Yesterday the article’s headline read, 84 percent of B2B Sales Start with a Referral — Not a Salesperson. Today the headline has been changed to read How B2B Sales Can Benefit from Social Selling.
The text is the same, “Outbound B2B sales are becoming less and less effective. . . . Meanwhile, 84 percent of B2B buyers are now starting the purchase process with a referral, and peer recommendations are influencing more than 90 percent of all B2B buying decisions.”
Pull up your pipeline of opportunities right now. Look at the name of the company for the first opportunity on your report. Was that opportunity generated by a referral? What about the next opportunity? If the first two weren’t referrals, then statistically speaking, the next eight opportunities were generated that way.
Wait? What is this you say? None of those opportunities were generated by referral? Something is rotten in the state of Denmark.
Think of all the salespeople you know. How many of them have a pipeline with 84 percent of the opportunities generated by referral? How many have a pipeline with 10 percent of their opportunities generated by referral, for that matter? For most salespeople, 10 percent would be far better than they have now, and more than many of their peers.
The reality is that very few opportunities are generated by a referral. In fact, most salespeople don’t ask for them, and even fewer buyers go out of their way to refer their suppliers to their peers.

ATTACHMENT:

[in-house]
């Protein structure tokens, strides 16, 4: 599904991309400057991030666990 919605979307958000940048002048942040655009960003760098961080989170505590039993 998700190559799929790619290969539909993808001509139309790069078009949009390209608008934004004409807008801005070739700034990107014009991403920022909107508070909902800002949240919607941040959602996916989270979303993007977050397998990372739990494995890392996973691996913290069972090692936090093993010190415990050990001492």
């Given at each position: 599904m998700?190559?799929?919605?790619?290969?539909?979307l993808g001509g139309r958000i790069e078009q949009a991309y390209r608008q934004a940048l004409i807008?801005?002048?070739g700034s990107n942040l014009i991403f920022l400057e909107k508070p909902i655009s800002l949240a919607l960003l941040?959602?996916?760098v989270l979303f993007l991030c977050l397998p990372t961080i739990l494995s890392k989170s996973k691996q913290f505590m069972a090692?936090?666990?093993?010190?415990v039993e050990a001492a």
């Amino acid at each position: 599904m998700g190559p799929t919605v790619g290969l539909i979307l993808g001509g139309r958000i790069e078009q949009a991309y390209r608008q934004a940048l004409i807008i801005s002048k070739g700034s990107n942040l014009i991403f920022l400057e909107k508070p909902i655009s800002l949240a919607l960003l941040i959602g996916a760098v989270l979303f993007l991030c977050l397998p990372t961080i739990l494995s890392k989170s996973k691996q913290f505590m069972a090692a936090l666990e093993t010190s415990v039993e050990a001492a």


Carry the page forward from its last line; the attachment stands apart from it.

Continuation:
A Lie Repeated Long Enough
The problem with lies is that if they are repeated often enough, they eventually begin to sound like the truth. You’ll likely see a slide with this 84 percent statistic at a sales conference in the next year, with this HBR article cited as its source.
No doubt you’ll hear that social selling is what generates enough referrals that you should no longer use any other method to prospect and create opportunities, least of all cold calling.
The fact that this may very well become the newest in a long line of bunk will not make it true. Nor will it make it useful.
Poor social selling again takes a beating. Drivel like this over promises and under delivers.
For social selling to be a useful toolkit for salespeople, it doesn’t have to create a pipeline that is made up of 84 percent referrals. It doesn’t have to exclude all other methods of prospecting. Worse still, because so many ridiculous statistics are bandied around as if they are truth, they are all now suspect.
If you want to build a pipeline of referrals, call your best clients and ask them to refer you to someone they know who would benefit from the same value you created for them. If you want to use social as part of this process, go to LinkedIn and see who they know before you make the call.
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Filed under: Accountability